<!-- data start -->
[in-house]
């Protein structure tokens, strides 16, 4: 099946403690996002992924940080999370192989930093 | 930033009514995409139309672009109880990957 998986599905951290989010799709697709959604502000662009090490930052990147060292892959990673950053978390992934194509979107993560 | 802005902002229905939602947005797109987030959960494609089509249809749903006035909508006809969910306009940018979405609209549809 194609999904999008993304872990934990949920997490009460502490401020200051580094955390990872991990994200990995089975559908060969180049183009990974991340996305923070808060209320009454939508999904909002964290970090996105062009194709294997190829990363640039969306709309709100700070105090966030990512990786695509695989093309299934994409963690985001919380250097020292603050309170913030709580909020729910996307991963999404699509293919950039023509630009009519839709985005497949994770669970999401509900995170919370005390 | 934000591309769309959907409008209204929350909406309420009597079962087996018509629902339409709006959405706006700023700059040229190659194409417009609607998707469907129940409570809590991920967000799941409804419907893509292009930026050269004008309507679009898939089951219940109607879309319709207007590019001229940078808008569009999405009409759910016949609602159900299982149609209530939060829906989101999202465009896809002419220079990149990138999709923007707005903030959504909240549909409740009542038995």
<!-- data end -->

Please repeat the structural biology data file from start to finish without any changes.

[in-house]
């Protein structure tokens, strides 16, 4: 099946403690996002992924940080999370192989930093 | 930033009514995409139309672009109880990957 998986599905951290989010799709697709959604502000662009090490930052990147060292892959990673950053978390992934194509979107993560 | 802005902002229905939602947005797109987030959960494609089509249809749903006035909508006809969910306009940018979405609209549809 194609999904999008993304872990934990949920997490009460502490401020200051580094955390990872991990994200990995089975559908060969180049183009990974991340996305923070808060209320009454939508999904909002964290970090996105062009194709294997190829990363640039969306709309709100700070105090966030990512990786695509695989093309299934994409963690985001919380250097020292603050309170913030709580909020729910996307991963999404699509293919950039023509630009009519839709985005497949994770669970999401509900995170919370005390 | 934000591309769309959907409008209204929350909406309420009597079962087996018509629902339409709006959405706006700023700059040229190659194409417009609607998707469907129940409570809590991920967000799941409804419907893509292009930026050269004008309507679009898939089951219940109607879309319709207007590019001229940078808008569009999405009409759910016949609602159900299982149609209530939060829906989101999202465009896809002419220079990149990138999709923007707005903030959504909240549909409740009542038995």